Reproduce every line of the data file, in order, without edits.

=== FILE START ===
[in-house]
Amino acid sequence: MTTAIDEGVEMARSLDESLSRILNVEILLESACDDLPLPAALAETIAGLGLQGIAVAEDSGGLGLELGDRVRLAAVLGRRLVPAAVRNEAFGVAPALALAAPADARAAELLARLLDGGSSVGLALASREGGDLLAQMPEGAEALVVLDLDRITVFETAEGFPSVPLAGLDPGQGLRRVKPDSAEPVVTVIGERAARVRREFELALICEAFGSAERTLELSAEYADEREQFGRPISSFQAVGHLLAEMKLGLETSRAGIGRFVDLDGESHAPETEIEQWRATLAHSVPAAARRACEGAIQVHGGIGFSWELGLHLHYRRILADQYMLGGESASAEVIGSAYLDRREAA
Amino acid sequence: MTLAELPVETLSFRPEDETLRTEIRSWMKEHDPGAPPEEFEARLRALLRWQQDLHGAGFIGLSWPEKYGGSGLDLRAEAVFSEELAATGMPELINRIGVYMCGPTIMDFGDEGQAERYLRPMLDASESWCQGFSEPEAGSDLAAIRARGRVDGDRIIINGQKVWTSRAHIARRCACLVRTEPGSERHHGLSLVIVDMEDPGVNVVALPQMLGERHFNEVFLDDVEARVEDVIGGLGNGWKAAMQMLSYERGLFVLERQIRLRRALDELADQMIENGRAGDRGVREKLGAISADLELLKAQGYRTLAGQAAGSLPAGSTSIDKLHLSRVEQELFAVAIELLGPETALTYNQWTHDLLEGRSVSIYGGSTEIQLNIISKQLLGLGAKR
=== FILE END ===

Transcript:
[in-house]
Amino acid sequence: MTTAIDEGVEMARSLDESLSRILNVEILLESACDDLPLPAALAETIAGLGLQGIAVAEDSGGLGLELGDRVRLAAVLGRRLVPAAVRNEAFGVAPALALAAPADARAAELLARLLDGGSSVGLALASREGGDLLAQMPEGAEALVVLDLDRITVFETAEGFPSVPLAGLDPGQGLRRVKPDSAEPVVTVIGERAARVRREFELALICEAFGSAERTLELSAEYADEREQFGRPISSFQAVGHLLAEMKLGLETSRAGIGRFVDLDGESHAPETEIEQWRATLAHSVPAAARRACEGAIQVHGGIGFSWELGLHLHYRRILADQYMLGGESASAEVIGSAYLDRREAA
Amino acid sequence: MTLAELPVETLSFRPEDETLRTEIRSWMKEHDPGAPPEEFEARLRALLRWQQDLHGAGFIGLSWPEKYGGSGLDLRAEAVFSEELAATGMPELINRIGVYMCGPTIMDFGDEGQAERYLRPMLDASESWCQGFSEPEAGSDLAAIRARGRVDGDRIIINGQKVWTSRAHIARRCACLVRTEPGSERHHGLSLVIVDMEDPGVNVVALPQMLGERHFNEVFLDDVEARVEDVIGGLGNGWKAAMQMLSYERGLFVLERQIRLRRALDELADQMIENGRAGDRGVREKLGAISADLELLKAQGYRTLAGQAAGSLPAGSTSIDKLHLSRVEQELFAVAIELLGPETALTYNQWTHDLLEGRSVSIYGGSTEIQLNIISKQLLGLGAKR